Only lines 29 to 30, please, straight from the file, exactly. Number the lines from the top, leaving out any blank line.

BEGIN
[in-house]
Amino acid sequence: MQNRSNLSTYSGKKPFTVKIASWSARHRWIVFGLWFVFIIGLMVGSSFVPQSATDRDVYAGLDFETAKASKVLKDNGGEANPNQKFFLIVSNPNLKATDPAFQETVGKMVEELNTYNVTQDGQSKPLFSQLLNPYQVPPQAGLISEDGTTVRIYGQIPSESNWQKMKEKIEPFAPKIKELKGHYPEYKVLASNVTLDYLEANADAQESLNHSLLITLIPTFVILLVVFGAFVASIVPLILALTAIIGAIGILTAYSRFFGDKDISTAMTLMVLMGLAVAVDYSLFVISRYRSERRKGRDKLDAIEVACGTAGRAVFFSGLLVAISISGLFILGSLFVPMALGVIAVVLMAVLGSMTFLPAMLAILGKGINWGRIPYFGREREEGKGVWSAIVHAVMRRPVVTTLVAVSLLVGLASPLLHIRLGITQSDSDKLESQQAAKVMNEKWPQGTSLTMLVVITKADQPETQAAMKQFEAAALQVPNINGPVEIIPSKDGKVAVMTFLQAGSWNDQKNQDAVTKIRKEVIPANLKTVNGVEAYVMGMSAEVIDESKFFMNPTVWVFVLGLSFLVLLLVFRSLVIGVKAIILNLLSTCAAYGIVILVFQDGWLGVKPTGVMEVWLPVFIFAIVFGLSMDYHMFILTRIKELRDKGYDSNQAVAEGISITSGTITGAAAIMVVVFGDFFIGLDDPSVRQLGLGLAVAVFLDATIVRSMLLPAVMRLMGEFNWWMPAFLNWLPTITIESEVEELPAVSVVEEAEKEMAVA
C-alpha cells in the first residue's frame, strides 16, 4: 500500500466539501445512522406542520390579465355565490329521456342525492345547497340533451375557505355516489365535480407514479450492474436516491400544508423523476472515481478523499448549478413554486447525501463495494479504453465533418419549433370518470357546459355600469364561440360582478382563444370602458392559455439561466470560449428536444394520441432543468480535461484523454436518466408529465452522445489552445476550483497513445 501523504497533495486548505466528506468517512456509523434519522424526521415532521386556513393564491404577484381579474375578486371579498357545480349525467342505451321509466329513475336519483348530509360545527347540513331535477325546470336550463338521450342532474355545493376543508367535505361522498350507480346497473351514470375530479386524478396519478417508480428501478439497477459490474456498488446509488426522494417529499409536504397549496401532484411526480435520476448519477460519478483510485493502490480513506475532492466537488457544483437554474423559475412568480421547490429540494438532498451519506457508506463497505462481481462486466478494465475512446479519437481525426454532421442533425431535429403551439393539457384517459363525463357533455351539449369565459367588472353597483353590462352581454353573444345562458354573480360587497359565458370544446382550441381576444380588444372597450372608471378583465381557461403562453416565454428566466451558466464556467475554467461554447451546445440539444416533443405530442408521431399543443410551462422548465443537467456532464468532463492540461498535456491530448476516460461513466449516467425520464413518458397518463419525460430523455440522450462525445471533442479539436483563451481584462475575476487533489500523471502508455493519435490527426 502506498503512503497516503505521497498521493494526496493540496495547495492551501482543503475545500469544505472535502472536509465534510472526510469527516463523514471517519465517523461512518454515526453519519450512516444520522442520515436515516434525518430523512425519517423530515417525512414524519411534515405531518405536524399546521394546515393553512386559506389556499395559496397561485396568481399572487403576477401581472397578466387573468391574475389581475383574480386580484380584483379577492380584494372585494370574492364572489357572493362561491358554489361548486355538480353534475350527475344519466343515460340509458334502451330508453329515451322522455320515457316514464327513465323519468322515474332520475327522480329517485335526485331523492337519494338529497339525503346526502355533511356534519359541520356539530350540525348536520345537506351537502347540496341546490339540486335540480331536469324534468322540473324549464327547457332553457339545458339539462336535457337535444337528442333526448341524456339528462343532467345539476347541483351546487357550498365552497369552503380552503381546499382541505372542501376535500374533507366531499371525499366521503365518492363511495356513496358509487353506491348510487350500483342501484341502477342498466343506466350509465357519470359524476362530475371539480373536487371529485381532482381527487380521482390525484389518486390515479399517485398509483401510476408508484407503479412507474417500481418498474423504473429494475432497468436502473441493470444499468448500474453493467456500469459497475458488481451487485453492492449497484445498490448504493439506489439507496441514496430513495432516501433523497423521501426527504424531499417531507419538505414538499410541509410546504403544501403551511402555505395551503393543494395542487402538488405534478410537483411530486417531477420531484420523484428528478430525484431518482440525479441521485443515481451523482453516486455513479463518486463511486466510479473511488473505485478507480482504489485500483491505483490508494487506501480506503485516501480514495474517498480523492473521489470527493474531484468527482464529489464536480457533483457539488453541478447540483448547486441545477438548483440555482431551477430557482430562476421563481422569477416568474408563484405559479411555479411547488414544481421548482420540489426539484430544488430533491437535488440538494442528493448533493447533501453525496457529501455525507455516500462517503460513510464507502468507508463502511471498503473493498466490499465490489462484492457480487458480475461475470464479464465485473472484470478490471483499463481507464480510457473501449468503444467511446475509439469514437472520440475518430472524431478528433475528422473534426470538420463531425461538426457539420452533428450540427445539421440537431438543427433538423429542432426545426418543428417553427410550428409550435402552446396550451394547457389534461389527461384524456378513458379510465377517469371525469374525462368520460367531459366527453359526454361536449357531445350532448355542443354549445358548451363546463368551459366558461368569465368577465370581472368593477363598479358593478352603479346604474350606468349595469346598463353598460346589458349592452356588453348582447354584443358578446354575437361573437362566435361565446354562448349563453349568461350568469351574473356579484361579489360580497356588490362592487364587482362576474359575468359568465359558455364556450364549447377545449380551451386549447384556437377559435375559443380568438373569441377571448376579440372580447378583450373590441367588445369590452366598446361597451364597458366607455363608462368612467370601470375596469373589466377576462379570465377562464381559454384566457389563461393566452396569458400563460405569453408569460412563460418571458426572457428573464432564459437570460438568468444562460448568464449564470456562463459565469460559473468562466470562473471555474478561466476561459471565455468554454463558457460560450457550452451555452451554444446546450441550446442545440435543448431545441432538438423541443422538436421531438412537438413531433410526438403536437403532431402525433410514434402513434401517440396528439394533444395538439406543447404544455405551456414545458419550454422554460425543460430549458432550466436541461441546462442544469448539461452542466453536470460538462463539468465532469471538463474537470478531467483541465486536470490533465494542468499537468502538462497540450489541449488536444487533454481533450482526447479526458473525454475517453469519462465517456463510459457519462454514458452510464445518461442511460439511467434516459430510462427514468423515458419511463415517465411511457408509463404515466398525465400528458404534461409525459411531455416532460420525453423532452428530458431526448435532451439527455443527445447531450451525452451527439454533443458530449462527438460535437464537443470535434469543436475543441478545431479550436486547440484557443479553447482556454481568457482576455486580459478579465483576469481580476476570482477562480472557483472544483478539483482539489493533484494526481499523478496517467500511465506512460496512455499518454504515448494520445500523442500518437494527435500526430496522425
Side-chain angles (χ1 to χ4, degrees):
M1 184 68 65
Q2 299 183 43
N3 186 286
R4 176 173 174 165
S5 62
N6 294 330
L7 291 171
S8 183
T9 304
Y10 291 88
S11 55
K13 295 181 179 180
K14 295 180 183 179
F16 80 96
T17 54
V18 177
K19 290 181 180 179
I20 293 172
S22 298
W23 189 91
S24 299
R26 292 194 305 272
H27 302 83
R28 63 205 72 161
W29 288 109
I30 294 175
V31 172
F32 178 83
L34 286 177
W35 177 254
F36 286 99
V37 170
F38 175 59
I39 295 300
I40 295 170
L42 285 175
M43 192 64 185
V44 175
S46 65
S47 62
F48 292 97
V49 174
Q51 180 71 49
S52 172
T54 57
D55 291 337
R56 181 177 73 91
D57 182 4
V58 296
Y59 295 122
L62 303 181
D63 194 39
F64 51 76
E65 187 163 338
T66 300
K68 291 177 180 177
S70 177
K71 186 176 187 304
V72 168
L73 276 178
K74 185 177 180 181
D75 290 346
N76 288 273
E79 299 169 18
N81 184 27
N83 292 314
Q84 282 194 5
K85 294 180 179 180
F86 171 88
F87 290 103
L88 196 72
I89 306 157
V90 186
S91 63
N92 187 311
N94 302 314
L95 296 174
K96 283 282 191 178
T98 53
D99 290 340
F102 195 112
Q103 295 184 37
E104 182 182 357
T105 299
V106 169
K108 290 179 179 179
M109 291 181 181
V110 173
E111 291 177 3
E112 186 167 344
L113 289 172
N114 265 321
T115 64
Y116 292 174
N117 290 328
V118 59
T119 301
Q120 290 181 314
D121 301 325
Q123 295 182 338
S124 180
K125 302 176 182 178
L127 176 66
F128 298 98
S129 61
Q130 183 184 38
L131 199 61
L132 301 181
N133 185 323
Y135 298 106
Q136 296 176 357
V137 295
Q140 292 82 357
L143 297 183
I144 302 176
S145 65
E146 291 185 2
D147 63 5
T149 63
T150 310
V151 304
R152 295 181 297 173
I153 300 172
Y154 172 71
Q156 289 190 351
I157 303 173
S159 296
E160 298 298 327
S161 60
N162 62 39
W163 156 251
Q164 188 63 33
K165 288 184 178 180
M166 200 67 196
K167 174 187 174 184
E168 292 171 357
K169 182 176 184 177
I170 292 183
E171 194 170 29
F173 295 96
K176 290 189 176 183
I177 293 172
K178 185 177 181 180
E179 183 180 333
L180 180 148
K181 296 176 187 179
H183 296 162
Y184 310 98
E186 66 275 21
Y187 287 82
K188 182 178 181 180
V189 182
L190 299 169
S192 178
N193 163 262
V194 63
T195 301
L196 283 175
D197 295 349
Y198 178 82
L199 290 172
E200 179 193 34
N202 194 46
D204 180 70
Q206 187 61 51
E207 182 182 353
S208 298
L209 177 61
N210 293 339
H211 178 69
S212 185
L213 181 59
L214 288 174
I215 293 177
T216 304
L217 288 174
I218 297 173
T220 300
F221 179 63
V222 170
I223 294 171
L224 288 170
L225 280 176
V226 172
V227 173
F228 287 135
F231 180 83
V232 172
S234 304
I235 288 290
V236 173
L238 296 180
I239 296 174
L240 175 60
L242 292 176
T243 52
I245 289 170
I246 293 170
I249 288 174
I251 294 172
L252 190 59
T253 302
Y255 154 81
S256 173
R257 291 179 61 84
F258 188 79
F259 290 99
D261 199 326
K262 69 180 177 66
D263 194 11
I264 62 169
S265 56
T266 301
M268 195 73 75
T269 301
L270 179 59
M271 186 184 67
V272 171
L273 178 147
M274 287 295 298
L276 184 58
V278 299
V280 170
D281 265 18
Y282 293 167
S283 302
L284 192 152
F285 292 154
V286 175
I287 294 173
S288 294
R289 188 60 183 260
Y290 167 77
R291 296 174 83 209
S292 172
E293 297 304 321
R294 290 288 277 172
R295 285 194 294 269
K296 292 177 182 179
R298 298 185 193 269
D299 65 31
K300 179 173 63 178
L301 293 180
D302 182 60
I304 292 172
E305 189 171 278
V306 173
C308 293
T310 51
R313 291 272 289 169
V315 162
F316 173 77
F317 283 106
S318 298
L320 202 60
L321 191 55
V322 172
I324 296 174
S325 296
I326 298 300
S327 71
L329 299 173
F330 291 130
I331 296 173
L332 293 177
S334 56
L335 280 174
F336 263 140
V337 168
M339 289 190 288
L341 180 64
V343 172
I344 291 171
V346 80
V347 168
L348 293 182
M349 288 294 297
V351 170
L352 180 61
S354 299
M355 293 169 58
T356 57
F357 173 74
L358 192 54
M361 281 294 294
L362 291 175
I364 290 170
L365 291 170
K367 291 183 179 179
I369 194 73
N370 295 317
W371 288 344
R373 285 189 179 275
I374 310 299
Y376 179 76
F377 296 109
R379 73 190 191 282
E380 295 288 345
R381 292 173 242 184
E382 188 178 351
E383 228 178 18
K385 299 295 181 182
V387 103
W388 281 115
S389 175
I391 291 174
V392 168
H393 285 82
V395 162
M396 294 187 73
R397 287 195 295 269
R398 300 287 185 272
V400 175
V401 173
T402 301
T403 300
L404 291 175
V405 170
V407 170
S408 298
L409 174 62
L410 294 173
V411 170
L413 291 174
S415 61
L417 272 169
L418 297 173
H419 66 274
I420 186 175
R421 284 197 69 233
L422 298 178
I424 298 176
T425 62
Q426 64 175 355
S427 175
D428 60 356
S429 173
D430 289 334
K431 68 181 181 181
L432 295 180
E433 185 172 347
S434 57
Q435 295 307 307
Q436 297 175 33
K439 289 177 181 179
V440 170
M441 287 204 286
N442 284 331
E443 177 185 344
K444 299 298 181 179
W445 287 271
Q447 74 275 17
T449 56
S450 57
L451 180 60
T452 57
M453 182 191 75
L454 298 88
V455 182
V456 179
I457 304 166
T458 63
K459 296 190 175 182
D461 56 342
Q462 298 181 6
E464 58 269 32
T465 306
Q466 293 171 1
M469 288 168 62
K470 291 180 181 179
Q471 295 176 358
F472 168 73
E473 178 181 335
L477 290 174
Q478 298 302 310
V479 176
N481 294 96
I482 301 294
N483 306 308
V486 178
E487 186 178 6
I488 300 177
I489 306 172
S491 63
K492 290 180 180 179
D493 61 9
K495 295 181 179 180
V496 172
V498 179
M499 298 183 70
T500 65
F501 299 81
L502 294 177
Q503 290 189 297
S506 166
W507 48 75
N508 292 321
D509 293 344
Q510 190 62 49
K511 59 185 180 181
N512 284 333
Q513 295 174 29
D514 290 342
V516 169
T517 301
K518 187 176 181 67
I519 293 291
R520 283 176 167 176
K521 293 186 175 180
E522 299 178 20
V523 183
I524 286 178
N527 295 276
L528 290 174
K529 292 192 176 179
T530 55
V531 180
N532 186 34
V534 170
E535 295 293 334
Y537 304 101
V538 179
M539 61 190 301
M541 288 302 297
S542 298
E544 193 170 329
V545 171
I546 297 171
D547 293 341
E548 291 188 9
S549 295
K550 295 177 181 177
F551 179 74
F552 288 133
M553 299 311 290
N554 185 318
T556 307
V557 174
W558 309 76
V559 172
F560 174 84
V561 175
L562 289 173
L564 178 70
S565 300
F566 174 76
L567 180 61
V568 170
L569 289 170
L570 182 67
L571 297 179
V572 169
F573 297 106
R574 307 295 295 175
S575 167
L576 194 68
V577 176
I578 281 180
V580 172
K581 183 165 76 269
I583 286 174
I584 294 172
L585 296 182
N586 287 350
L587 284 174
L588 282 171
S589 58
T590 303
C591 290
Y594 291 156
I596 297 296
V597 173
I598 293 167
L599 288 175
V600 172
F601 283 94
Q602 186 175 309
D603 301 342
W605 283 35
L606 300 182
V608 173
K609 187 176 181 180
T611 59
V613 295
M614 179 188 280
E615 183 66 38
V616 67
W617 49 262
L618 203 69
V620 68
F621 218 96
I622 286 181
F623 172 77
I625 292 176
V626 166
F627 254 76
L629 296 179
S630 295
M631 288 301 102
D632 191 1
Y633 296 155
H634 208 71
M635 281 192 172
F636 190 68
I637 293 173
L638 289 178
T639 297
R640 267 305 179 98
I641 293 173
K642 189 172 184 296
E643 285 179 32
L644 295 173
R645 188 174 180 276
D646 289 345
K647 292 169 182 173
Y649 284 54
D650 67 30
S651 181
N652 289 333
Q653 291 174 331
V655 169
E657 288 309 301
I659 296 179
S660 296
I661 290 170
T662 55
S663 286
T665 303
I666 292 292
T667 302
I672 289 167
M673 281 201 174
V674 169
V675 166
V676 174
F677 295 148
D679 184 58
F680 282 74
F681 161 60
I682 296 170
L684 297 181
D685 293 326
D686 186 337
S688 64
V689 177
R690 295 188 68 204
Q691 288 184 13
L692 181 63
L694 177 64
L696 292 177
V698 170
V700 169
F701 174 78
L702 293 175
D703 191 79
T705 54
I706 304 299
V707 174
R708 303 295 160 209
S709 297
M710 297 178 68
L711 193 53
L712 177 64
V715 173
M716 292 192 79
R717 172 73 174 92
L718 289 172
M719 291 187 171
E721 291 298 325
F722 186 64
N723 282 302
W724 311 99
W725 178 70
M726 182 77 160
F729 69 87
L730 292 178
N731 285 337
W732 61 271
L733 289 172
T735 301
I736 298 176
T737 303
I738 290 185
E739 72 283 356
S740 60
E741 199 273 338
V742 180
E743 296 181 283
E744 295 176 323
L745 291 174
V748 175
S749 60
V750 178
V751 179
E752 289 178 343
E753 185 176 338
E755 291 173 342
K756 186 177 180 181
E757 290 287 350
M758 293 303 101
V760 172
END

W29 288 109
I30 294 175